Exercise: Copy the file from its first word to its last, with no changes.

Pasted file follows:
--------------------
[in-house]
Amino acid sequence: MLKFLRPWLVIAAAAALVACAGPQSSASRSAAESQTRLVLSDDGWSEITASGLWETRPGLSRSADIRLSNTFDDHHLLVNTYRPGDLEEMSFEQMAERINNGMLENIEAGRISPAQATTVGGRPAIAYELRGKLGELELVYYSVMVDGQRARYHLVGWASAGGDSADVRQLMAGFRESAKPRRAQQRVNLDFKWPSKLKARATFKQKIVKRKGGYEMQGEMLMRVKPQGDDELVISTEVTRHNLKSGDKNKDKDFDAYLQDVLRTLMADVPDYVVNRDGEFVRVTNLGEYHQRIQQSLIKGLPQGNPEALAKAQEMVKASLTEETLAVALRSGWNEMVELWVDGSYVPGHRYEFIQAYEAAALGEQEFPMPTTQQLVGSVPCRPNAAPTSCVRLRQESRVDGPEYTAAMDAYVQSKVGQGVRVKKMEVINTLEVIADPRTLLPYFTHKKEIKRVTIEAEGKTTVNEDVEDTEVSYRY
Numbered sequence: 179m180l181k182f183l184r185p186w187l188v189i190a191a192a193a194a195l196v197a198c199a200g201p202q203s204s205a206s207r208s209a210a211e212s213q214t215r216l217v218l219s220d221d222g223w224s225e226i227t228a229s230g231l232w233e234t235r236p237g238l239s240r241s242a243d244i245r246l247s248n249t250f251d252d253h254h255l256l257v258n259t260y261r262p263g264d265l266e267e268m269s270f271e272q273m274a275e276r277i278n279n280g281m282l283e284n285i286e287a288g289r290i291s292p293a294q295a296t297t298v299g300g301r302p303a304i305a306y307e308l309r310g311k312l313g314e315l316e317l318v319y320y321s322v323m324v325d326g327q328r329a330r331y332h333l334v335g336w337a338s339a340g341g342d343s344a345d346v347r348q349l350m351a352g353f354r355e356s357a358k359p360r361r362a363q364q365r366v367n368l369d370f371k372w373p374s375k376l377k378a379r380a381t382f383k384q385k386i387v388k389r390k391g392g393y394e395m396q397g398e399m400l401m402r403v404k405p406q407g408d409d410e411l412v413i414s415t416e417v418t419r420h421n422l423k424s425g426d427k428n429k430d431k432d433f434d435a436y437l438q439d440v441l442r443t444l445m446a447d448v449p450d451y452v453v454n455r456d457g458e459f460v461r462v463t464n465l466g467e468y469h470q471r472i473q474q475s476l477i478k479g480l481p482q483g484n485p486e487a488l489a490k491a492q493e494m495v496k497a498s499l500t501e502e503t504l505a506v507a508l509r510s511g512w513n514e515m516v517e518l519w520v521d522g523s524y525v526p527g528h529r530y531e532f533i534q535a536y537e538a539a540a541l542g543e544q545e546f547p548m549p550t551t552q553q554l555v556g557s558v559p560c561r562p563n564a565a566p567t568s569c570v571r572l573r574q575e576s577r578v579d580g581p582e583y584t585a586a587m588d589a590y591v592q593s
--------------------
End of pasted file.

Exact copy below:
[in-house]
Amino acid sequence: MLKFLRPWLVIAAAAALVACAGPQSSASRSAAESQTRLVLSDDGWSEITASGLWETRPGLSRSADIRLSNTFDDHHLLVNTYRPGDLEEMSFEQMAERINNGMLENIEAGRISPAQATTVGGRPAIAYELRGKLGELELVYYSVMVDGQRARYHLVGWASAGGDSADVRQLMAGFRESAKPRRAQQRVNLDFKWPSKLKARATFKQKIVKRKGGYEMQGEMLMRVKPQGDDELVISTEVTRHNLKSGDKNKDKDFDAYLQDVLRTLMADVPDYVVNRDGEFVRVTNLGEYHQRIQQSLIKGLPQGNPEALAKAQEMVKASLTEETLAVALRSGWNEMVELWVDGSYVPGHRYEFIQAYEAAALGEQEFPMPTTQQLVGSVPCRPNAAPTSCVRLRQESRVDGPEYTAAMDAYVQSKVGQGVRVKKMEVINTLEVIADPRTLLPYFTHKKEIKRVTIEAEGKTTVNEDVEDTEVSYRY
Numbered sequence: 179m180l181k182f183l184r185p186w187l188v189i190a191a192a193a194a195l196v197a198c199a200g201p202q203s204s205a206s207r208s209a210a211e212s213q214t215r216l217v218l219s220d221d222g223w224s225e226i227t228a229s230g231l232w233e234t235r236p237g238l239s240r241s242a243d244i245r246l247s248n249t250f251d252d253h254h255l256l257v258n259t260y261r262p263g264d265l266e267e268m269s270f271e272q273m274a275e276r277i278n279n280g281m282l283e284n285i286e287a288g289r290i291s292p293a294q295a296t297t298v299g300g301r302p303a304i305a306y307e308l309r310g311k312l313g314e315l316e317l318v319y320y321s322v323m324v325d326g327q328r329a330r331y332h333l334v335g336w337a338s339a340g341g342d343s344a345d346v347r348q349l350m351a352g353f354r355e356s357a358k359p360r361r362a363q364q365r366v367n368l369d370f371k372w373p374s375k376l377k378a379r380a381t382f383k384q385k386i387v388k389r390k391g392g393y394e395m396q397g398e399m400l401m402r403v404k405p406q407g408d409d410e411l412v413i414s415t416e417v418t419r420h421n422l423k424s425g426d427k428n429k430d431k432d433f434d435a436y437l438q439d440v441l442r443t444l445m446a447d448v449p450d451y452v453v454n455r456d457g458e459f460v461r462v463t464n465l466g467e468y469h470q471r472i473q474q475s476l477i478k479g480l481p482q483g484n485p486e487a488l489a490k491a492q493e494m495v496k497a498s499l500t501e502e503t504l505a506v507a508l509r510s511g512w513n514e515m516v517e518l519w520v521d522g523s524y525v526p527g528h529r530y531e532f533i534q535a536y537e538a539a540a541l542g543e544q545e546f547p548m549p550t551t552q553q554l555v556g557s558v559p560c561r562p563n564a565a566p567t568s569c570v571r572l573r574q575e576s577r578v579d580g581p582e583y584t585a586a587m588d589a590y591v592q593s